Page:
Sunday, August 12, 2012

Fresh Starts

Fresh Starts

As summer is starting to come to a close, I am looking back on the amazing time I had in Santa Cruz and all of the wonderful people I met and all the amazing things God did in my life, but I am also being rather abruptly confronted with this new school year – new classes and new people to meet. Coming back from a summer in which I changed so much everything seems new, and it reminds me of a conversation a friend and I had about fresh starts.

Sometimes all you want is a fresh start. Maybe it’s to start over in a new place where no one knows you and you can recreate yourself into who you want to be. Maybe it’s just a do over to change something that has happened that seems to have changed everything else about your life. Maybe it’s new beginning to a relationship or avoiding it entirely. Whatever it is, we all seem to be naturally drawn to the idea of a fresh start.

We all sometimes just want to step away or step back and begin again. I think it’s partly because things in this world often don’t want to let us go, and things of this world are heavy. We walk through this life collecting memories and relationships and guilt and reputations and beliefs and disappointments and regrets. They grab hold of us and don’t want to let go. We try to shake them and ditch them and if nothing else ignore them, but we can’t seem to lose them. Eventually we just want to collapse from the sheer weight of it all. I feel like that’s why people are so attracted to fresh starts; they are just tired – tired of bearing all their baggage and burdens. They just want someone to take it off for a while so they can start walking again. That’s why fresh starts are so appealing; you aren’t carrying the weight of your steps yet.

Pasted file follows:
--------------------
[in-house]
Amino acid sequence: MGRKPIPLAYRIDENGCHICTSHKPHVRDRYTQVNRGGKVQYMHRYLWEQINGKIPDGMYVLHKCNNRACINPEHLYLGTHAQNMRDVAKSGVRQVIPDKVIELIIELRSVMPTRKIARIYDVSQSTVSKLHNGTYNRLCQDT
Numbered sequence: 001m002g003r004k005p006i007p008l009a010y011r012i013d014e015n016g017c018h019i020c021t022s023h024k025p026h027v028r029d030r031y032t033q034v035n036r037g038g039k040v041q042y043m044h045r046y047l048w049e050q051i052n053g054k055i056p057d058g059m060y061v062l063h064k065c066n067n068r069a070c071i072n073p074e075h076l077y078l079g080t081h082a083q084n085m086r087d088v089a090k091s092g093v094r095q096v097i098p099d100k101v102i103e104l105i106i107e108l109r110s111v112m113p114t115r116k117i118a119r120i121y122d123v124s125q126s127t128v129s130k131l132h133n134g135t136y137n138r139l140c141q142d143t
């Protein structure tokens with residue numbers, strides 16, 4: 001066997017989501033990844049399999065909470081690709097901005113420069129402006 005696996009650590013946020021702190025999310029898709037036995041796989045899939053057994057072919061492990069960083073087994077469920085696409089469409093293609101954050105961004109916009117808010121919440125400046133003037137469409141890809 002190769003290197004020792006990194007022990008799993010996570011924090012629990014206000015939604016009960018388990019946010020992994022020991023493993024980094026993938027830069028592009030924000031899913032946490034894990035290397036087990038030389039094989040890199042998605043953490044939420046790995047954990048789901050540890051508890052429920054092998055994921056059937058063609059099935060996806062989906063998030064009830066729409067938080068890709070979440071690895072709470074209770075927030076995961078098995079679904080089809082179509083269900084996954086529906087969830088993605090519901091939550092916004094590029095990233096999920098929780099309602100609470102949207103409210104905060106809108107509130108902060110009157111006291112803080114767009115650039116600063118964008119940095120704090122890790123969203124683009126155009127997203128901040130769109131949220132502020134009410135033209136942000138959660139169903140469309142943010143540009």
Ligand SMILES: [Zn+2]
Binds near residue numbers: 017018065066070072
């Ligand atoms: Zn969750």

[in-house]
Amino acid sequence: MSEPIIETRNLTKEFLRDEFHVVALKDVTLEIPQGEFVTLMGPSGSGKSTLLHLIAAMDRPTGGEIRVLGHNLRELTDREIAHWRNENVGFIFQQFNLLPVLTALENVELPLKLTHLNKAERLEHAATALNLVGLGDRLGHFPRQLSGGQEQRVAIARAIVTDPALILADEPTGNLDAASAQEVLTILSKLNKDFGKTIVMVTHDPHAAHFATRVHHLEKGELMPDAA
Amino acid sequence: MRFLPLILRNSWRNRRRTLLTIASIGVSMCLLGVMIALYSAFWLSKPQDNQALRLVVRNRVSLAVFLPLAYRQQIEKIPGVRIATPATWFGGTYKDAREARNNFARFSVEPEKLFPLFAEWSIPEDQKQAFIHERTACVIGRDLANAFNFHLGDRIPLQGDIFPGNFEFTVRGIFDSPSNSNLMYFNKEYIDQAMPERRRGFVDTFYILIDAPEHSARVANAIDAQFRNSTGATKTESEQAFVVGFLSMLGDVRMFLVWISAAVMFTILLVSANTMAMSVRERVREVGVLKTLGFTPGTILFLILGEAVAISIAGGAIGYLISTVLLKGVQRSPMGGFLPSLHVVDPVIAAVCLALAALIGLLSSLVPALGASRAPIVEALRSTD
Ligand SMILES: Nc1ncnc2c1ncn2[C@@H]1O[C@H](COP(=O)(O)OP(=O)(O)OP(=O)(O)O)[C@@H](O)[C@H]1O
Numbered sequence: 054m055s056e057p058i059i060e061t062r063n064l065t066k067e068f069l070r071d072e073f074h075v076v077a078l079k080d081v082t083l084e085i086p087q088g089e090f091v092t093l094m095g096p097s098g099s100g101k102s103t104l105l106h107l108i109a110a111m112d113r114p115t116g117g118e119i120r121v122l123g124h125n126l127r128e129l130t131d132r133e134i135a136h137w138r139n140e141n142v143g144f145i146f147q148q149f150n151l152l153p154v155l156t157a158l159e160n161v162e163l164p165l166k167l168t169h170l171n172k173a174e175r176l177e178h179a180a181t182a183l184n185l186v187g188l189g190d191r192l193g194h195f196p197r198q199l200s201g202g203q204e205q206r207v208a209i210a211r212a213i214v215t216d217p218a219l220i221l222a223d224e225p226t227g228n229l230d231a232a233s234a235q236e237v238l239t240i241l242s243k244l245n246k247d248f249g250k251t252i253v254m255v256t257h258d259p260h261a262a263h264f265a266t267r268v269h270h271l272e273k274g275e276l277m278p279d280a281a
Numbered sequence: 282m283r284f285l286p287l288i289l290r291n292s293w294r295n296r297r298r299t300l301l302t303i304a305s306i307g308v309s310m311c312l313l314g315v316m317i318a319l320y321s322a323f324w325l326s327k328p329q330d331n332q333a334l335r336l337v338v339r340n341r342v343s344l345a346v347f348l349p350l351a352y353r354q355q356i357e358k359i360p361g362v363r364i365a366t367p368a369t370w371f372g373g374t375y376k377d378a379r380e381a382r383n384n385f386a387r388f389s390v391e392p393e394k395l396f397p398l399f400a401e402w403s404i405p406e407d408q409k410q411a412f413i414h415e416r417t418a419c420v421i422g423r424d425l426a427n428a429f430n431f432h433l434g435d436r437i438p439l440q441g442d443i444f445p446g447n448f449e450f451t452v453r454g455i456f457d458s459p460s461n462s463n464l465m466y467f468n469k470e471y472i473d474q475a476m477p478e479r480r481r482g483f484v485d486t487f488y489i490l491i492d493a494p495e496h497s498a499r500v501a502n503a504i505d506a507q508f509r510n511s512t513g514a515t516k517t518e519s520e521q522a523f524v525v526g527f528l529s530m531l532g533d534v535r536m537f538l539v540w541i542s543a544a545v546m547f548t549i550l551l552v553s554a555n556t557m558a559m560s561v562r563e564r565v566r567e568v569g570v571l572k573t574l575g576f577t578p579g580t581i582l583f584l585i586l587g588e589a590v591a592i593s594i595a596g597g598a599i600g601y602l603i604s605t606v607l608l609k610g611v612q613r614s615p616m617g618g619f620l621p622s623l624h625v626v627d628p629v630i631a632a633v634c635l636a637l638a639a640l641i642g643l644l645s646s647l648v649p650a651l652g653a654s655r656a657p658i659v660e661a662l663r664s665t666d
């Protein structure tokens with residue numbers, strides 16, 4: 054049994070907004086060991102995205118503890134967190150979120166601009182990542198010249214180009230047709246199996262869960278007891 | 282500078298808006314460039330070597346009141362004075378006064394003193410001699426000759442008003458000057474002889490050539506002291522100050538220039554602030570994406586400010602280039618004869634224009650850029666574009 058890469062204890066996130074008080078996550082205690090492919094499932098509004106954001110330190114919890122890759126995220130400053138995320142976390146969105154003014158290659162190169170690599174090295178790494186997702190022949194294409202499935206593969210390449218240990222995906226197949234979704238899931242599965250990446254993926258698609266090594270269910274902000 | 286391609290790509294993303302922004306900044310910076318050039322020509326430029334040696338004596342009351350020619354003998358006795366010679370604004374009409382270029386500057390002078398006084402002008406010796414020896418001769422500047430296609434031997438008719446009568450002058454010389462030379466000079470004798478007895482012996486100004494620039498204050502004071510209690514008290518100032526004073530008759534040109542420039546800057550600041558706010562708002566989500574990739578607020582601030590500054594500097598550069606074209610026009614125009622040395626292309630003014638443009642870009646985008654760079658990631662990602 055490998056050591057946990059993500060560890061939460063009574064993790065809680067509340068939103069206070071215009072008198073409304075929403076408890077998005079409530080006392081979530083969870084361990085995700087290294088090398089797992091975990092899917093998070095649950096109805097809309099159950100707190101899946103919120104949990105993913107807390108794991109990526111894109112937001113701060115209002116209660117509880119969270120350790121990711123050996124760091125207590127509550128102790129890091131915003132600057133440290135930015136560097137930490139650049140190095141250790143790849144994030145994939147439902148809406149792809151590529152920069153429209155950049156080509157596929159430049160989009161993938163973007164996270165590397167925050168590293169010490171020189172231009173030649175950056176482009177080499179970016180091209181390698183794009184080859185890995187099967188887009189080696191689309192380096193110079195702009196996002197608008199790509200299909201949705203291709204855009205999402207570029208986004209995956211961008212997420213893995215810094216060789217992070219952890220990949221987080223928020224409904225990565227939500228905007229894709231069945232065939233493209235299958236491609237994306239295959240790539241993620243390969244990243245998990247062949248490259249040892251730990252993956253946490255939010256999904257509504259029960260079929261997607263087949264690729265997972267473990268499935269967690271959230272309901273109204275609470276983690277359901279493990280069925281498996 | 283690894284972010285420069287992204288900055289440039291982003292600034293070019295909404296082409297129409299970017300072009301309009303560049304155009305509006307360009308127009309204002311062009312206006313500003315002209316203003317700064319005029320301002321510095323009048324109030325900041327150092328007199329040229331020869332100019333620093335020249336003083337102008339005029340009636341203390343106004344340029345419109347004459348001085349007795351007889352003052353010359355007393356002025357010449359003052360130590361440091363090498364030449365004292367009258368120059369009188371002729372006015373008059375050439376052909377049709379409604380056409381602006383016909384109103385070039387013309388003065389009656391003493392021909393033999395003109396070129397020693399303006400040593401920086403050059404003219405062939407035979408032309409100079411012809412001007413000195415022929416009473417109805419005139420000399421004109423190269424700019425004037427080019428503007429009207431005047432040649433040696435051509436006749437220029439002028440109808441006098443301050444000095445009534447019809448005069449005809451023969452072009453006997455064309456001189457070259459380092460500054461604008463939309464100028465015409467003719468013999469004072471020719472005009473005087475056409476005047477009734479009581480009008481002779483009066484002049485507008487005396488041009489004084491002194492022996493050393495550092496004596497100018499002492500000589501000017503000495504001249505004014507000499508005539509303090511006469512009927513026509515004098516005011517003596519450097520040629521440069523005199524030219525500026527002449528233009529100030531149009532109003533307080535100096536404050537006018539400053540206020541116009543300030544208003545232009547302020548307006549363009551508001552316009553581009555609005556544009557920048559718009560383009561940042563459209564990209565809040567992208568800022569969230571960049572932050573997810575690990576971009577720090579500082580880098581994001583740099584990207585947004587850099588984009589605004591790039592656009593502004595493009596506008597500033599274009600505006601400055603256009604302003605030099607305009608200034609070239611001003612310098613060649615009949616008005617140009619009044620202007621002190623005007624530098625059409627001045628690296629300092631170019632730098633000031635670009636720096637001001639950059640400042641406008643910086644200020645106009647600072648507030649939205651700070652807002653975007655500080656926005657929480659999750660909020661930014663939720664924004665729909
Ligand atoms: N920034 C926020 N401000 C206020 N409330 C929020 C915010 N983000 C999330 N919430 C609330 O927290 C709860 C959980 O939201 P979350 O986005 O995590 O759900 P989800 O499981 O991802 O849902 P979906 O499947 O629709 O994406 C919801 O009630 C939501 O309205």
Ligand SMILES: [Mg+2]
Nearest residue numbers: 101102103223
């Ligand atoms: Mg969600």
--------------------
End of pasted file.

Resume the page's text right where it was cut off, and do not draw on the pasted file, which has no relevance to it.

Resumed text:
That’s the situation I find myself in often – so tired of carrying all of life’s baggage. I just long to have it lifted off. I just long to be redeemed.

And that’s why I am so thankful for Christ. He is so quick and willing to bear it all for me. No situation is too large, no guilt too heavy for the arms of the Savior. A life with Christ promises a fresh start each day. I may not be able to change my situations, but in Christ I am able to enter into it new- a new person and new creation. And I am so thankful. I am able not only to be washed clean but made new. As I walk on hard pressed from the weight of this life, I am able to surrender that to someone far stronger and far more capable of bearing the load. Even as I find myself there now again wishing for a new start, I am thankful for a God strong enough to carry me and loving enough to redeem me.

Tuesday, July 24, 2012

His Story

His Story

This is my testimony that I shared last night at Monday Night Live (our weekly project meeting). This isn’t my story. It’s God’s of how he found me and saved me and loved me through it all.